New York

Frank Young

55 Mercer

On the floor of the Frank Young exhibition are dozens of books each with hundreds of pages of a single photographic portrait. If we accept for a moment Andy Warhol’s contention that “you can’t take a bad (or therefore a good) photograph,” this picture is as good as any in creation. But what, then, is remarkable about any single photograph if every photograph is equally truthful—and therefore equally beautiful? Young seems to be saying it’s that a photograph can be reproduced ad infinitum.

The repetition like a broken record of one instant of time that Young’s photos represent makes an interesting comment on our tendency to regard a photograph as a unique record of an artistic idea like a drawing or a painting. Hundreds of prints of the same picture put a sort of inflationary pressure on that picture’s value, not only as art but as the documentary equivalent of a particular instant in time and space. Flipping through these books—which could produce an illusion of motion like a. primitive cartoon but doesn’t—emphasizes the images’ redundancy and throws into relief our own sense of passing time.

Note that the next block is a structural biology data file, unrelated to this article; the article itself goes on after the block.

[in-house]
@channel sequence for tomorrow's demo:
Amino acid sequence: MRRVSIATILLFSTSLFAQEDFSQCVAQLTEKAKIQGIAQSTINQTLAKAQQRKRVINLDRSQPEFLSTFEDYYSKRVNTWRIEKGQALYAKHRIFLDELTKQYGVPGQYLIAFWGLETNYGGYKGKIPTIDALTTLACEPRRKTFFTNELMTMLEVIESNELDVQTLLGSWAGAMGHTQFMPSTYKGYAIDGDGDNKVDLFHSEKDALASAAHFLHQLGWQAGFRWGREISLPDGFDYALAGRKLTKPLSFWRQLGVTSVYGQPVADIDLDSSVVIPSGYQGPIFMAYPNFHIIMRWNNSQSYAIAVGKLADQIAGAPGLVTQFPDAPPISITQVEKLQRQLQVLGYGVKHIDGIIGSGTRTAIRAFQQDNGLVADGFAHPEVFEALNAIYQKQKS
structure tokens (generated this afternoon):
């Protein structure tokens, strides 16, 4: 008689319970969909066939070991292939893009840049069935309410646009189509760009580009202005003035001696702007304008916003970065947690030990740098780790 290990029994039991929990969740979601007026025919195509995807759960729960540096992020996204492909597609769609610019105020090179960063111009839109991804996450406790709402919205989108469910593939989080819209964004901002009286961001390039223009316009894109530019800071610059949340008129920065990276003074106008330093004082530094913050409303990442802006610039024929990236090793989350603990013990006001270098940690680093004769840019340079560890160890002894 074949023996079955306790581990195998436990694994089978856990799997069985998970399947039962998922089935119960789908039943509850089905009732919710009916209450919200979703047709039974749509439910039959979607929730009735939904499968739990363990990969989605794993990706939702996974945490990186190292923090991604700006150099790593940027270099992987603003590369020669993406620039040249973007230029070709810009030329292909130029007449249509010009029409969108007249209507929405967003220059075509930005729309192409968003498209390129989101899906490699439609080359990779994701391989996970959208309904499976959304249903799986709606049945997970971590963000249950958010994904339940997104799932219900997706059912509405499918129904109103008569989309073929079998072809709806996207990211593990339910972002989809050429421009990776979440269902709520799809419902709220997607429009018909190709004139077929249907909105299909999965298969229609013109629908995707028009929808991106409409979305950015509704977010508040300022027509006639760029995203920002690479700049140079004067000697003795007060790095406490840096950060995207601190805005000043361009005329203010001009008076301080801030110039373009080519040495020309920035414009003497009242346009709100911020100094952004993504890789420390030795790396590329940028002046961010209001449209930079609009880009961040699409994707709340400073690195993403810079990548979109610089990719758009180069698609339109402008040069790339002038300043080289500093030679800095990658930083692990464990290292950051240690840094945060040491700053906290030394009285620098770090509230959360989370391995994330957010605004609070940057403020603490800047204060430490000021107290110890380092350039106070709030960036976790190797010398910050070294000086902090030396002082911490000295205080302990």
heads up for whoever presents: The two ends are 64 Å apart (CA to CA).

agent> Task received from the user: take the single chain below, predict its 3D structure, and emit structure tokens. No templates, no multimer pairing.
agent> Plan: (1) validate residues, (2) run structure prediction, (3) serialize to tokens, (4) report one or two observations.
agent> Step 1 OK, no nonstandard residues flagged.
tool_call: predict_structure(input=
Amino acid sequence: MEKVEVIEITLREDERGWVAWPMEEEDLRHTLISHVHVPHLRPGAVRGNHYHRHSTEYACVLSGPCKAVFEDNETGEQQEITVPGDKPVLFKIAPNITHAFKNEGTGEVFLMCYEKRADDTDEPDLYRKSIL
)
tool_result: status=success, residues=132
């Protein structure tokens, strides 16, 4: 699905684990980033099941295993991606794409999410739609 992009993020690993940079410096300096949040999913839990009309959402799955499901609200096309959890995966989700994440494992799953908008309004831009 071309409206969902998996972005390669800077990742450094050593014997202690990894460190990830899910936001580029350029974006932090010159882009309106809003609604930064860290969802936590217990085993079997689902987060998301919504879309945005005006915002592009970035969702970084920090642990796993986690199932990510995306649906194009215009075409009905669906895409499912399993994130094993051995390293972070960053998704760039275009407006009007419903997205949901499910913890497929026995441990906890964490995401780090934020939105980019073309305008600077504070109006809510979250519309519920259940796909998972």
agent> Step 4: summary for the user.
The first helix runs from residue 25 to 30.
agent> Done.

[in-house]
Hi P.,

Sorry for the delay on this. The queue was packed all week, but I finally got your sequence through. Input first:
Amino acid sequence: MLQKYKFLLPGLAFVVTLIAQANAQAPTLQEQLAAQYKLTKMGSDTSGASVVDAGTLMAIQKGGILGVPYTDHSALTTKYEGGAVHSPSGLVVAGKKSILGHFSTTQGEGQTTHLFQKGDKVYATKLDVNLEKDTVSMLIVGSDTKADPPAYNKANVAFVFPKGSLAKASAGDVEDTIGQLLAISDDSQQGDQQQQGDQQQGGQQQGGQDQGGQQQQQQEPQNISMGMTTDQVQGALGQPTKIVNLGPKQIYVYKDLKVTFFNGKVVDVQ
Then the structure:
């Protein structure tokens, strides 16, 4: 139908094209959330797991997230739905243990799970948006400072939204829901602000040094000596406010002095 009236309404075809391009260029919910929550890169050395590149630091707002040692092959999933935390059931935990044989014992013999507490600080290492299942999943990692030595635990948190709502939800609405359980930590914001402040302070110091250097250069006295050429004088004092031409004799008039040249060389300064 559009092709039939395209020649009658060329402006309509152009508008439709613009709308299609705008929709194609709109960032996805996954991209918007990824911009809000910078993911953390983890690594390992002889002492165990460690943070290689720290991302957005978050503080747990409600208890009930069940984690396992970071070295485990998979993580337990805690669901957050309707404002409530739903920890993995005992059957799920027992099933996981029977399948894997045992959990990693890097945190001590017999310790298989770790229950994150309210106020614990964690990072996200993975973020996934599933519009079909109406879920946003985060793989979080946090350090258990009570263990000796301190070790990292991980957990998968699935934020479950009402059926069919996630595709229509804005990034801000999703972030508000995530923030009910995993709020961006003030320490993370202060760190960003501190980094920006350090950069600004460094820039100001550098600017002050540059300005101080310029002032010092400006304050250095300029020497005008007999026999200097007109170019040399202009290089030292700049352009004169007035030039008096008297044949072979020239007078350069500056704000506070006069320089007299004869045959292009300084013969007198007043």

On the wall is a row of yellow and black photographs of what look like the heads of wedding-cake grooms. Each head is distinguished by a smooth or wrinkled texture—even though they are all from the same mold—and by the inaccuracy of the application of dots of paint to the eyes, mouth and hair. The heads are given startled or quizzical or introspective expressions by the clumsy painting recalling similar effects in Warhol’s silkscreen portraits caused by clumsy registration. Here the particular conditions obtaining at the time each head was made are preserved in the heads’ “personalities,” while the relentless repetition of a single instant that the books represent shows how photography can make a mockery of our sense of the sovereignty of a moment of time.

Ross Skoggard